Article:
Among the many issues that plagued the White Sox's during their 63-99 campaign in 2013, the team's walk rate wasn't one that came as too much of a surprise. While most of the league has come to realize and appreciate the value of players with high on-base skills, the White Sox have lagged behind.
Despite shuffling through three different hitting coaches, the White Sox have ranked in the bottom half of the league in walk rate in each of the past five seasons. Last season, it plunged to a new depth as the team finished 29th out of 30 teams.
The White Sox's organizational philosophy in recent years has run contrary to the mindset of some of the league's more stat-friendly teams (which, at this point, includes the majority of the league). The team's hitting coach during the past two seasons, Jeff Manto, made that abundantly clear not long after taking the job. In November 2011 he said on WSCR 670 AM:
“Do we want Adam Dunn taking a ball (when it is) off the plate with a man on third and the infield back and you got (Justin) Verlander throwing and he walks him? I don’t know,” Manto said. “What happens is that you set up the double play. If you (hit) into a double play, you get out of the inning. We give high five for taking the walk, but we have arguably the most prolific left-handed hitter in the game at the plate. He can drive that run in.”
Adam Dunn, for what it's worth, posted the second lowest walk rate of his career in 2013. He has been the only regular in the lineup known throughout his career for having high on-base skills, reaching at a .366 clip overall despite posting his three lowest career OBP lines since joining the White Sox.
Of course, you can't blame Manto alone (or Greg Walker before him) for the on-base struggles of Dunn, who is 34 years old with obviously declining skills. But the philosophy team-wide has remained an issue even during the team's more successful seasons.
The success or failure of a team is not completely reliant on a hitting or pitching coach. While a coach can certainly be beneficial depending on the circumstances, there is no quantitative data that suggests a coach adds X amount of value to how a team fares in a given year.
That said, a team's organizational philosophy often starts with the major league coaches and trickles down throughout the minor leagues. A good example of this comes from within the White Sox's own organization. Don Cooper has been the team's pitching coach since 2002 and during that time he has developed a philosophy that has been prevalent throughout the organization and has gotten the most out of the resources given.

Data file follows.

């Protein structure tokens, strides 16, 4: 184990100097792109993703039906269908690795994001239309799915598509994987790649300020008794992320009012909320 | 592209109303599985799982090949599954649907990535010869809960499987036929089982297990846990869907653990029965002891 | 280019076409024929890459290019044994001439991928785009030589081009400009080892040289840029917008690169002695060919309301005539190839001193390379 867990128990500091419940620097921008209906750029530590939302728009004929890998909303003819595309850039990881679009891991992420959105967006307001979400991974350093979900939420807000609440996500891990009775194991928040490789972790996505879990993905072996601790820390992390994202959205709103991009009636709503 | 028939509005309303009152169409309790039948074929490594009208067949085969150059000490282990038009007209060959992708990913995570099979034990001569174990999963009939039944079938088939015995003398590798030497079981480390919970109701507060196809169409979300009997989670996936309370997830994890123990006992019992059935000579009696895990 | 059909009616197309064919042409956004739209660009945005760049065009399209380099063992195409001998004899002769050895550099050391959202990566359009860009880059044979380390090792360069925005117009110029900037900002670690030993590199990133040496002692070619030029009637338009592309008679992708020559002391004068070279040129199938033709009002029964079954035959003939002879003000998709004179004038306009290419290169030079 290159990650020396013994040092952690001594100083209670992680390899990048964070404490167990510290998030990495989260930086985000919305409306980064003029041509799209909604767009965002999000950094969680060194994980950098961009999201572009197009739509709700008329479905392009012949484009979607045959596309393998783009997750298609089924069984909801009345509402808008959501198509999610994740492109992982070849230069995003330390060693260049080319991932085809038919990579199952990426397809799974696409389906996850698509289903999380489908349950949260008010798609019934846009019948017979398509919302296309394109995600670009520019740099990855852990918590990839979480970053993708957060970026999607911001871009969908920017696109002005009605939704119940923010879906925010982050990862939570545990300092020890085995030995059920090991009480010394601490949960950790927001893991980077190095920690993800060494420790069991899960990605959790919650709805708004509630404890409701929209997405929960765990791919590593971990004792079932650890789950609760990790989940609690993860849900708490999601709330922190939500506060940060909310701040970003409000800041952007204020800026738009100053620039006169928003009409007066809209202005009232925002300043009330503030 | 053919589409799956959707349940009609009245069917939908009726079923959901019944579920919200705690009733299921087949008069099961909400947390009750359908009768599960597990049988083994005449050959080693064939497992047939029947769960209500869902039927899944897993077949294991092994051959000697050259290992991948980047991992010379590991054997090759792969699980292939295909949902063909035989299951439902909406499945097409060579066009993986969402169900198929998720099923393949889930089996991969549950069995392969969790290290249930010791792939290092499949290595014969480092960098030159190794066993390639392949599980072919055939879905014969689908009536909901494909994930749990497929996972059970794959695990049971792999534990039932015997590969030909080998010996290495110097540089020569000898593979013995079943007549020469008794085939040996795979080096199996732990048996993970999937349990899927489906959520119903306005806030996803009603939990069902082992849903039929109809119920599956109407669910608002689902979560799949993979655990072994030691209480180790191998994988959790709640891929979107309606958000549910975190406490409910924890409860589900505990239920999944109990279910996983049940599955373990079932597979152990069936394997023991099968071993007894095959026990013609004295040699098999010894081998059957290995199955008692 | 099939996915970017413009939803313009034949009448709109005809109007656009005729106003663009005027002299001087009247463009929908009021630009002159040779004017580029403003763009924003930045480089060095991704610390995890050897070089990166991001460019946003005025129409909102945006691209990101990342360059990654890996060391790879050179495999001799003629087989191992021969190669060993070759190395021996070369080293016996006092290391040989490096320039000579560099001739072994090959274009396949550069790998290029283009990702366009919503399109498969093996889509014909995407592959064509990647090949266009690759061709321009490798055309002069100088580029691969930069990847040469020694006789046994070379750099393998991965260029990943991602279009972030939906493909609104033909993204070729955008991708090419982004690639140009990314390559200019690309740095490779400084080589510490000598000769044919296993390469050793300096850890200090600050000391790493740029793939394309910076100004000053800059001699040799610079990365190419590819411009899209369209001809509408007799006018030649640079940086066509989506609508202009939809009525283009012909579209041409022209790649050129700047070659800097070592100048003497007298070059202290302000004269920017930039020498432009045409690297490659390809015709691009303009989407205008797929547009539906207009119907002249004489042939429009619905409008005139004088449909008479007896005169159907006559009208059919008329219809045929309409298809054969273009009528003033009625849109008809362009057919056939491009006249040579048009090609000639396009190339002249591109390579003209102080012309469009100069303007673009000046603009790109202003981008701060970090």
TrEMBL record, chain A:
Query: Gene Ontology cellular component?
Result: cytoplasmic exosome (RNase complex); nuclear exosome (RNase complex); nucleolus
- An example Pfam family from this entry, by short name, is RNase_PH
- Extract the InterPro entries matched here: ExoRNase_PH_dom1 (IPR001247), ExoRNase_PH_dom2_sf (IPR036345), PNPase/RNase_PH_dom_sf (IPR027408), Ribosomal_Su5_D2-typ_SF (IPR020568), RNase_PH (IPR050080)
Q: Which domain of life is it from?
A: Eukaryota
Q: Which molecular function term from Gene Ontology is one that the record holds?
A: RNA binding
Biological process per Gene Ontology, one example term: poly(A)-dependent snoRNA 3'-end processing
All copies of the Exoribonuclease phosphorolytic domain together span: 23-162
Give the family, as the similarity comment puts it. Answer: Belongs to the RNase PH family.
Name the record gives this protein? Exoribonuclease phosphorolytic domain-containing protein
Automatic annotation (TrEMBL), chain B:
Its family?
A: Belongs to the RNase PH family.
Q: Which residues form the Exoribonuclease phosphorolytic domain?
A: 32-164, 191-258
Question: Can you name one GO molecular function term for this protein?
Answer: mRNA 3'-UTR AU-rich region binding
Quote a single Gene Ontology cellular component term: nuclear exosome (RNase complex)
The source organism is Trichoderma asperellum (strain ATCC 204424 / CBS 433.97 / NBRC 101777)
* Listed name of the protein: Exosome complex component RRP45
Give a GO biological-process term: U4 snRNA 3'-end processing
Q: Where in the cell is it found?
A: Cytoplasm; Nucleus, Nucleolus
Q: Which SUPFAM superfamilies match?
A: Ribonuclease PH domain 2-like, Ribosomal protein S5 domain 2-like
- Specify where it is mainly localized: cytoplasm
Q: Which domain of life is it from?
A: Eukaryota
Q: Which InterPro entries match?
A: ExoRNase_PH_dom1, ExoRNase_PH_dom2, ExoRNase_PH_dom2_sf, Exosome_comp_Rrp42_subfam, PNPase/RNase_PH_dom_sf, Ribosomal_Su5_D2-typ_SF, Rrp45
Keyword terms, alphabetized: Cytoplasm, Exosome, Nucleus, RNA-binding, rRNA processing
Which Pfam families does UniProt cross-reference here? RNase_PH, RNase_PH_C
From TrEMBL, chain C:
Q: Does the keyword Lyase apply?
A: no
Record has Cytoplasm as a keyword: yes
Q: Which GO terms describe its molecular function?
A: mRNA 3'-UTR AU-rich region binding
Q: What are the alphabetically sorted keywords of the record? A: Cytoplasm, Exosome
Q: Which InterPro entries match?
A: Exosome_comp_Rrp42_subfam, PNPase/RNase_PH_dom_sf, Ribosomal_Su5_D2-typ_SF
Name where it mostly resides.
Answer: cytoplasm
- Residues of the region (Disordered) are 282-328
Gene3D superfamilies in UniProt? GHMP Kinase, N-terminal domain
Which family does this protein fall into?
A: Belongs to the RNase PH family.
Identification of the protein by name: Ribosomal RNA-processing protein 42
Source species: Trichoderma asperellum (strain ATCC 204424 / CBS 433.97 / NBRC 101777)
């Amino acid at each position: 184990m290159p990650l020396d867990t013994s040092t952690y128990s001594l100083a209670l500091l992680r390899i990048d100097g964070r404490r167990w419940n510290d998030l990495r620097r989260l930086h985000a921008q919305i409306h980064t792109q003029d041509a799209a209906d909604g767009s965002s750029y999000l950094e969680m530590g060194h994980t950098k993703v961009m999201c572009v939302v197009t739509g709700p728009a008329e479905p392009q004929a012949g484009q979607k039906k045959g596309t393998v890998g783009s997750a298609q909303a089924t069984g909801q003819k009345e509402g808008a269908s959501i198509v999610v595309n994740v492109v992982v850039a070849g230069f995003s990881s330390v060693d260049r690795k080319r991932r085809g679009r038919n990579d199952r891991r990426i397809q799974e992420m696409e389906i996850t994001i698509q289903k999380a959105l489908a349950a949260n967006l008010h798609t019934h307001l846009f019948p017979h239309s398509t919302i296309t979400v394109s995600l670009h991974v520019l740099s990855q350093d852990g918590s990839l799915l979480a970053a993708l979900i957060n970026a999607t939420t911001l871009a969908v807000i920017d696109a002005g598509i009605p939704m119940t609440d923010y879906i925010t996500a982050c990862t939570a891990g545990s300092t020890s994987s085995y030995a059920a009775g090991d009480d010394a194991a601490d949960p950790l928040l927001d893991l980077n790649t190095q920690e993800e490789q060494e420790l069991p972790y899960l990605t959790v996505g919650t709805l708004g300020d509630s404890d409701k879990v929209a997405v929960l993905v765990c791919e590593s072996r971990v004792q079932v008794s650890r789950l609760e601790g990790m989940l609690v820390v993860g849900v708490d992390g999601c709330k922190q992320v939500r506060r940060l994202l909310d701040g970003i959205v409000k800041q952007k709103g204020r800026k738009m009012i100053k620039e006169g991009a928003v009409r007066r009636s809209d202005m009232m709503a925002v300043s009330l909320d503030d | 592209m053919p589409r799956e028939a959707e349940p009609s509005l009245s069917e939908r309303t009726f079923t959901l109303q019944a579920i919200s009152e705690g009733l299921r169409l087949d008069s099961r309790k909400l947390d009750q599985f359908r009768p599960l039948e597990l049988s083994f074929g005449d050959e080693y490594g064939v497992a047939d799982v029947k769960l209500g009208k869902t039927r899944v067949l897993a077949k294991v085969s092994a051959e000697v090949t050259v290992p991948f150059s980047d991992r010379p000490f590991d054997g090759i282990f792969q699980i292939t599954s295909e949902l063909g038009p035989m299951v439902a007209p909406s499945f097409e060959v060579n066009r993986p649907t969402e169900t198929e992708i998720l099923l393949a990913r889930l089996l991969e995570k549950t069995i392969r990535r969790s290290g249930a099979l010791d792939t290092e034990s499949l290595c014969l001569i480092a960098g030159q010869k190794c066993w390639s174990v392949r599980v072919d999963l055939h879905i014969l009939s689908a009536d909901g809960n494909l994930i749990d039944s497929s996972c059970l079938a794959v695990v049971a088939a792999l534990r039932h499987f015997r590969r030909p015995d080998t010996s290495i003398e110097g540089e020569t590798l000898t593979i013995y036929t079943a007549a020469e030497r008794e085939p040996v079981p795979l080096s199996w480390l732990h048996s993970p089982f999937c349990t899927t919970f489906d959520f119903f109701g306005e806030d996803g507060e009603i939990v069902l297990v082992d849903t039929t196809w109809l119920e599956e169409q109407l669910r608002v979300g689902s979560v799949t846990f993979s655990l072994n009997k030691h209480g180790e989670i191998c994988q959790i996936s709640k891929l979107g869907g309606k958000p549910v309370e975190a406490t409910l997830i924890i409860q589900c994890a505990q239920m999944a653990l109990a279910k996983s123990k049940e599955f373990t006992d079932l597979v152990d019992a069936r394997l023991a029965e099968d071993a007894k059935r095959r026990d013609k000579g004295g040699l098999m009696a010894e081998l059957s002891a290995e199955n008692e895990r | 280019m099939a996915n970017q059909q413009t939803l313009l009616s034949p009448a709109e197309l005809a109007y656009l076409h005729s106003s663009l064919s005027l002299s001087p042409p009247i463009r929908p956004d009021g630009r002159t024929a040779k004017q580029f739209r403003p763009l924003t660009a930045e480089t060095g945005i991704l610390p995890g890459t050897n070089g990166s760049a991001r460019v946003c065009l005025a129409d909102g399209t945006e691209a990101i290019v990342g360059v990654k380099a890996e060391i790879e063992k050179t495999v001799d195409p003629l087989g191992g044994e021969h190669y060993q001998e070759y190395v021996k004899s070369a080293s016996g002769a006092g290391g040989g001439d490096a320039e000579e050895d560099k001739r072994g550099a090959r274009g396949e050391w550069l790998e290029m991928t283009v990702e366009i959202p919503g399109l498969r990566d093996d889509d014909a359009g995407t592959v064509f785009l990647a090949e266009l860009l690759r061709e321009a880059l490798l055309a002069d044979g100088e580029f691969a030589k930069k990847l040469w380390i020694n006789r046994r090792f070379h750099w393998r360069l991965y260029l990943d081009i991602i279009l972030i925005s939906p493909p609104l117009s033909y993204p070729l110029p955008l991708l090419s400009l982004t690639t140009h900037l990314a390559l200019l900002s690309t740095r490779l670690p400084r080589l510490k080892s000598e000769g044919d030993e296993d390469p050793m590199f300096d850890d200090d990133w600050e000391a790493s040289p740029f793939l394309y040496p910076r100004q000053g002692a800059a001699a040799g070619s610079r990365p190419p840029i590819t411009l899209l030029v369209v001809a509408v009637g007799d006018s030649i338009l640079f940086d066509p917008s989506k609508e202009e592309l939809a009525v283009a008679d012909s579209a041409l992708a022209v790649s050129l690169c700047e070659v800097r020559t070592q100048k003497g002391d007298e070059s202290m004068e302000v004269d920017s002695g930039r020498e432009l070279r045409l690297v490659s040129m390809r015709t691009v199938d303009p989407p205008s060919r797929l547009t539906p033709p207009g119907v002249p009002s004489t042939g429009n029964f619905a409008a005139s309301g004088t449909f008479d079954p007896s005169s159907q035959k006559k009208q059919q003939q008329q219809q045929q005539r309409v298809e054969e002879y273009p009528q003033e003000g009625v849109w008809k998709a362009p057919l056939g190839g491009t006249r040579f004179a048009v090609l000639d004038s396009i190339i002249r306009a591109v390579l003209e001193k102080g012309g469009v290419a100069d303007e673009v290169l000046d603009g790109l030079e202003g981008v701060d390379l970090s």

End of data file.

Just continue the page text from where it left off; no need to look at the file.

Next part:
When the White Sox hired Todd Steverson as their third hitting coach in four seasons, Rick Hahn said he wanted Steverson to serve as the type of organizational fixture for hitters as Cooper has been for pitchers.
While talking to Laurence Holmes of WSCR 670 AM at SoxFest, Hahn said that with Cooper at the helm, every level throughout the organization knows what they're looking for in young pitchers. They know who they can and can't work with and the philosophy is communicated from Cooper all the way down through the minors.
With Steverson, Hahn wants to develop that same type of consistency with hitters and the approach was refreshing to hear during the offseason, particularly this quote courtesy of the Chicago Sun-Times' Daryl Van Schouwen:
“There is no time clock in baseball but there are 27 outs and you want to maximize those with a good mind-set,’’ Steverson, 41, said. “The ability to get on base creates more plate appearances, and the more plate appearances the more opportunities to score runs.’’
While putting this approach into play throughout the organization will certainly take time, the results at the Major League level thus far have been a complete 180-degree turn from what White Sox fans are used to. Entering play Saturday, Marcus Semien, who has spent the majority of the first 11 games of the season batting second, is 11th in MLB in pitches per plate appearance (4.51). Leadoff hitter Adam Eaton is 37th (4.19).
As a whole, the White Sox have taken 40 walks through 11 games, which ranks sixth in all of baseball, and even perennial swing-happy hitters like Alexei Ramirez (3), Dayan Viciedo (4) and Tyler Flowers (2) have shown more patience than usual.
Also through Friday, the White Sox as a team are seeing 3.86 pitches per plate appearance, which is right around league average (3.87). Conversely, they ranked 28th in pitches per plate appearance a year ago.
Whether those numbers will hold true throughout the duration of the 2014 season is still to be determined, as will how successful the philosophy is in spreading throughout the lower levels. The White Sox are notorious for acquiring raw hitting talent and have thus far been unsuccessful in refining those players with an approach that translates to success at the major league level.
The wholesale changes throughout the organization are a welcomed change and a step in the right direction, but it's just a start. Hopefully the trend continues.
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